Qualcomm’s Neural Processing Engine is a system that can leverage the GPU on some recent Qualcomm processors for hardware-accelerated image recognition and similar activities. But it only works if a phone maker enables the neural engine.

Apparently Motorola has done that, because Qualcomm just announced that two already-shipping phones from the Lenovo subsidiary are the first commercially-available phones to use the neural engine “for acceleration of on-device artificial intelligence user experiences.”

Basically if you’ve got a Moto Z2 Force or a Moto X4 smartphone you can now point your phone’s camera at a landmark and tap the “x” icon to see if your phone can recognize the item you’re pointing at.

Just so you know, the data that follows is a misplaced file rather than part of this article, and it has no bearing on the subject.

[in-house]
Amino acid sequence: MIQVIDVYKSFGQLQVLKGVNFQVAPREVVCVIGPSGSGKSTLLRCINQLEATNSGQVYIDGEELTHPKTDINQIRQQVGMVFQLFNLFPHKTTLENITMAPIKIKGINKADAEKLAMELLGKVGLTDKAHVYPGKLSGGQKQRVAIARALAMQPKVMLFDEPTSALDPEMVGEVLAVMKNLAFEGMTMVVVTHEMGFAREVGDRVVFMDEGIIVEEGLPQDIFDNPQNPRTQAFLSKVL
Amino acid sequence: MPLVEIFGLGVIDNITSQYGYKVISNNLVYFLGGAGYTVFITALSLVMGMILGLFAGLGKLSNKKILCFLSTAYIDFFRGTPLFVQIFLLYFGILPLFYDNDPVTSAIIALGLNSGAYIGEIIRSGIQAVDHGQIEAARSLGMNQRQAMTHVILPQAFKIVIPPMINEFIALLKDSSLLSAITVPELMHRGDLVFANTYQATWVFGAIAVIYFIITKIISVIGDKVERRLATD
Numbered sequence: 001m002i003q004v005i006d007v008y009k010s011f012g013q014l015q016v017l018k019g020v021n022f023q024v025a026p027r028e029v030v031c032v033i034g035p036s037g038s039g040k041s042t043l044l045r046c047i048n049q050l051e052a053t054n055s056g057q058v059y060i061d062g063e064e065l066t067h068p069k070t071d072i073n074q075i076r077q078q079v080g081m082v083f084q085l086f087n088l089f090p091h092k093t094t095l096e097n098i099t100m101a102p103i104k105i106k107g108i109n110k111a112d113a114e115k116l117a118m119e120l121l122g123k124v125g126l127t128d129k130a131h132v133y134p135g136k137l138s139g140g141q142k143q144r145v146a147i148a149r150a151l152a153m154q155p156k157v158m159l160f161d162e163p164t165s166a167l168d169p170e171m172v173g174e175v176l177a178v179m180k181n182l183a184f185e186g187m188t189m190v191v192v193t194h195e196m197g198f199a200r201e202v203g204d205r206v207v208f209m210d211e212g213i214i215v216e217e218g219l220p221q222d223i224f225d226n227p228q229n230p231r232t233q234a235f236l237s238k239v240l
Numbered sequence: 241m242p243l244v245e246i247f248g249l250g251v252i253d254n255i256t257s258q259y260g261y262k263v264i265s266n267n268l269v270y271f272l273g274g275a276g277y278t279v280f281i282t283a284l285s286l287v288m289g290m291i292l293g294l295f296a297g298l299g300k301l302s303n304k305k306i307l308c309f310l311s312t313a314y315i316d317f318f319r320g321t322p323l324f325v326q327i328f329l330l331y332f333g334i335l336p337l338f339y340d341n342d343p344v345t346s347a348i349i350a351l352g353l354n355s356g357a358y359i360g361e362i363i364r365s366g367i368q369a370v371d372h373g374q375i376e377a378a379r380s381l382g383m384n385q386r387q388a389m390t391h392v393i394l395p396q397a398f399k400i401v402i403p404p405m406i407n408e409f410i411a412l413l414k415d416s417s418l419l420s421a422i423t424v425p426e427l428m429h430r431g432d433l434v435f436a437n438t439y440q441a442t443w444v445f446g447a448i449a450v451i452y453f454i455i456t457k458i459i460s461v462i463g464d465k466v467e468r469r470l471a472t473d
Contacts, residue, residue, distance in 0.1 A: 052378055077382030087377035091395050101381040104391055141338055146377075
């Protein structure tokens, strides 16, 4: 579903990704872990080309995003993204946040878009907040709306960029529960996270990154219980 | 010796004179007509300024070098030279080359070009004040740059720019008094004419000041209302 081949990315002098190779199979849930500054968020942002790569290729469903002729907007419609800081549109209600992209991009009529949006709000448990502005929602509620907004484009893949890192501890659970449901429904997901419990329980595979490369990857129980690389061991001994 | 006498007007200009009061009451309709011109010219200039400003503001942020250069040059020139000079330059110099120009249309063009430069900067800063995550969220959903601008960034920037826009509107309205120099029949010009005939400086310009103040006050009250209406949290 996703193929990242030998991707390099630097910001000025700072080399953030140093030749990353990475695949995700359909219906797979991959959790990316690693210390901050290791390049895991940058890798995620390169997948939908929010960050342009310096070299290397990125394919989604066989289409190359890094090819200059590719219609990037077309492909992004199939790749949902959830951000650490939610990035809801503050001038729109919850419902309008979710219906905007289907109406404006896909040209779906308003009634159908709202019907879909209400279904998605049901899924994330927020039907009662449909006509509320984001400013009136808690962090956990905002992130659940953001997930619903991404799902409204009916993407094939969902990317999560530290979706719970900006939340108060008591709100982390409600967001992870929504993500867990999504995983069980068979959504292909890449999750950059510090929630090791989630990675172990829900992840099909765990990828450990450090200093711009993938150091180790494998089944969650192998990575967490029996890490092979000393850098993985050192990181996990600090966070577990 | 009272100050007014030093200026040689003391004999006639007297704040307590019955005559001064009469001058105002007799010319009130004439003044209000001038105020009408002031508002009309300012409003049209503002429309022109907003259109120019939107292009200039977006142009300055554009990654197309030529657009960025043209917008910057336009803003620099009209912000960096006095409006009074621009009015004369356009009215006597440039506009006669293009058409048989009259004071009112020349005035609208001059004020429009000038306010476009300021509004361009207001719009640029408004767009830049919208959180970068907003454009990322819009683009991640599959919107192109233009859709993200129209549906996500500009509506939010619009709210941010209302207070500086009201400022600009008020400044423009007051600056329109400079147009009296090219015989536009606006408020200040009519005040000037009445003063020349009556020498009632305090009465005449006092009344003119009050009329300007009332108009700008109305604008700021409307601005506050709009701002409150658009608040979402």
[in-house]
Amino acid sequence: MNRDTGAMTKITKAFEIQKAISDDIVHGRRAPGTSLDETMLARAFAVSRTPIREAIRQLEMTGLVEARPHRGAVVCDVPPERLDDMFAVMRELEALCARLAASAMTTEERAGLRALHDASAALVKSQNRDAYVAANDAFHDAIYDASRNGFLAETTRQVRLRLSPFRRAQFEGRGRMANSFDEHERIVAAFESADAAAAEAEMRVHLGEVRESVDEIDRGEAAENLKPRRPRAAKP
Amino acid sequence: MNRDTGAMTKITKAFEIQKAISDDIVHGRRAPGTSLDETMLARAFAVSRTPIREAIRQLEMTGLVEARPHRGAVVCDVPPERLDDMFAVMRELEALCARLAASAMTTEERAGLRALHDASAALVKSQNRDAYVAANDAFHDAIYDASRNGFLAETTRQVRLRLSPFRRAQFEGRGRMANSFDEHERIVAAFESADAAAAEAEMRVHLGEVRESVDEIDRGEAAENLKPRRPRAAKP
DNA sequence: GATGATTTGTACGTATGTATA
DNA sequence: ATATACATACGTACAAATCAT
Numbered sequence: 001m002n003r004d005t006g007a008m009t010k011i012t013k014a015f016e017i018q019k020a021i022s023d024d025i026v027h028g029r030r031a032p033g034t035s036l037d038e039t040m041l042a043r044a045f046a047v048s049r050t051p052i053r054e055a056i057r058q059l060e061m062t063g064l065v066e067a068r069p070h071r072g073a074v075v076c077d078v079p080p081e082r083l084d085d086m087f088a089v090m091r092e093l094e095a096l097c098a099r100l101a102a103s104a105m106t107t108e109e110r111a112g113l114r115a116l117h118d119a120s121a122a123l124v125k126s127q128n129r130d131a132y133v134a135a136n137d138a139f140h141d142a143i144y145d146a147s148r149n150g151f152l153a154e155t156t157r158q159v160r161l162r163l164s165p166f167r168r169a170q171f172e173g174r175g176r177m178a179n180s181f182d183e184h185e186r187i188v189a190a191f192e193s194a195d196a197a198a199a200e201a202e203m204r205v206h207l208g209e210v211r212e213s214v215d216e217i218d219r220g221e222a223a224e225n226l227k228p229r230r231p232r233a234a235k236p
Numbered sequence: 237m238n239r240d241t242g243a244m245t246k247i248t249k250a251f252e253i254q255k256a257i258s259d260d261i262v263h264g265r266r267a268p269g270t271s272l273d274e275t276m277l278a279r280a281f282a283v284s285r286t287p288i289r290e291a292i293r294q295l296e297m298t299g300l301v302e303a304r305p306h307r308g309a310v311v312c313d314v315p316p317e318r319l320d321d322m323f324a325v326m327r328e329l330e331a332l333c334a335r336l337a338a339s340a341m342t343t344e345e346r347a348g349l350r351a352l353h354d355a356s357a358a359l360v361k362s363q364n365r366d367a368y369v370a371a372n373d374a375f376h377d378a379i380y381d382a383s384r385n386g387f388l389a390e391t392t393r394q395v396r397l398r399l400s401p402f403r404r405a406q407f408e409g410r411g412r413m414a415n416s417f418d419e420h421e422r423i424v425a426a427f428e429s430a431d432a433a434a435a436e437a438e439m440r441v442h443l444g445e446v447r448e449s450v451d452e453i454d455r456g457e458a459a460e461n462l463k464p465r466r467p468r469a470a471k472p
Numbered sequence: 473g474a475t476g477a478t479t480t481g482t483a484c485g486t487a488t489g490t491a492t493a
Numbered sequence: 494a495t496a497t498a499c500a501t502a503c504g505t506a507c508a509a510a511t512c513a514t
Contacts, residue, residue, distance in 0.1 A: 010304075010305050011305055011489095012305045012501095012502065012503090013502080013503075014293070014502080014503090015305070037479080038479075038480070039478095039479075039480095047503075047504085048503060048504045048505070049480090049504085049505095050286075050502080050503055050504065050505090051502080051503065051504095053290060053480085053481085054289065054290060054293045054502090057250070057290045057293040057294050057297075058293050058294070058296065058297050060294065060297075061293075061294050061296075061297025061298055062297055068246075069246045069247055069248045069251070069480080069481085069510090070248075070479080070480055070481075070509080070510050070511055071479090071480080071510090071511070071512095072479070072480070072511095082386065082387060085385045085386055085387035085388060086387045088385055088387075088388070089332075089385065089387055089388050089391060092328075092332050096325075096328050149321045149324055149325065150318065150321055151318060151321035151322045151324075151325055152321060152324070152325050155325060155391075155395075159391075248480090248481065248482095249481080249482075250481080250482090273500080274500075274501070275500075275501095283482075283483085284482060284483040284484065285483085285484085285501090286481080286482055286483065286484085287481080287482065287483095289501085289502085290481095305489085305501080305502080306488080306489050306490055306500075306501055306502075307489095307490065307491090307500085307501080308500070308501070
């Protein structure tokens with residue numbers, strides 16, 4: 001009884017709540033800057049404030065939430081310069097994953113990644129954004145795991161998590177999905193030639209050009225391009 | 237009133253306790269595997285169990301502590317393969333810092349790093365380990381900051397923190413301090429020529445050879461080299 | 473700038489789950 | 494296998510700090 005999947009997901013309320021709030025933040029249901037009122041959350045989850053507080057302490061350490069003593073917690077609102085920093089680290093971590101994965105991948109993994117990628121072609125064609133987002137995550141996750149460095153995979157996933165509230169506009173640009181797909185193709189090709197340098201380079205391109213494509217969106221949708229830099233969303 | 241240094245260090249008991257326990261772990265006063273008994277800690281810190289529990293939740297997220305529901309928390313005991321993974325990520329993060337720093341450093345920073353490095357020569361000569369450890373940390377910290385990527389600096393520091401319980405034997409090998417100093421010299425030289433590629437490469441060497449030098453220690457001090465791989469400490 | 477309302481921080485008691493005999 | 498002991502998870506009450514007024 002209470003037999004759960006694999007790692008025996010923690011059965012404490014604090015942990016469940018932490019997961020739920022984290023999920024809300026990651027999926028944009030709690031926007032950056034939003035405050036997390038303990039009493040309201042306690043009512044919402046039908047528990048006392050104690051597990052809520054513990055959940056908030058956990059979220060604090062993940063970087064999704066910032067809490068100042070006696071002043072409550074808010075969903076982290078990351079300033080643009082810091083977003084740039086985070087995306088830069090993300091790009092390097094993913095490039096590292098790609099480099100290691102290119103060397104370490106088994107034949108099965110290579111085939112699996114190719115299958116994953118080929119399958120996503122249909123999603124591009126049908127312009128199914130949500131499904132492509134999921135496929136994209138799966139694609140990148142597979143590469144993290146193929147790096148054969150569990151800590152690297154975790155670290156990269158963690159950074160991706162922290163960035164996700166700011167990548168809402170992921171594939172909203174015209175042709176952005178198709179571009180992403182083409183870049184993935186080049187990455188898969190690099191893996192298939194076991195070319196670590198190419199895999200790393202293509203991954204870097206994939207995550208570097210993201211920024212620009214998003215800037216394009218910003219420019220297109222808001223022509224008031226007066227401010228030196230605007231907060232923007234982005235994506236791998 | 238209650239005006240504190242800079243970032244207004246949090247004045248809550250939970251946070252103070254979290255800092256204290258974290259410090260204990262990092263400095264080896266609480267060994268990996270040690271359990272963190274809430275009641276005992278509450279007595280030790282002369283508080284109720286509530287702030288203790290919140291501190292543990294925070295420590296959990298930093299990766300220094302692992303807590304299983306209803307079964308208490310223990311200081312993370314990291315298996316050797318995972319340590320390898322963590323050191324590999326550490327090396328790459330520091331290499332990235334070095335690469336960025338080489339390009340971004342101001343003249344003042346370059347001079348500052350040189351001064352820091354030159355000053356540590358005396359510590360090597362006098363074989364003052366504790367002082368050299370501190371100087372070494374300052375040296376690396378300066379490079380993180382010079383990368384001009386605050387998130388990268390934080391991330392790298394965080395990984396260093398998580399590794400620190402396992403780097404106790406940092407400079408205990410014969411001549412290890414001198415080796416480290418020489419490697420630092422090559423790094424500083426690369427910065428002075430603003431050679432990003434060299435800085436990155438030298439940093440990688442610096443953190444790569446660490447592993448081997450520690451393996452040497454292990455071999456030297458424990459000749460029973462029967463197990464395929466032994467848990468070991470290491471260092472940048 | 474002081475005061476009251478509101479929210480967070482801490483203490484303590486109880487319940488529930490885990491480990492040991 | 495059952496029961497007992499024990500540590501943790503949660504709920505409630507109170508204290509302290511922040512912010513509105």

The Landmark Detection feature will compare the characteristics of the object your pointing at with a database of over 1,200 landmarks and if a match is found, you’ll get more information about that landmark from Wikipedia.

Honestly, it sounds like a less useful version of Google Lens, or even Amazon’s “Firefly” feature from the now-defunct Fire Phone and some Fire tablets. But Landmark Detection is interesting because it’s the first commercial application of Qualcomm’s system that enables on-device AI features. It could pave the way for other functions in the future… something that could be important as Huawei, Apple, and Google develop their own custom solutions for on-device AI for image recognition and enhanced photography, among other things.

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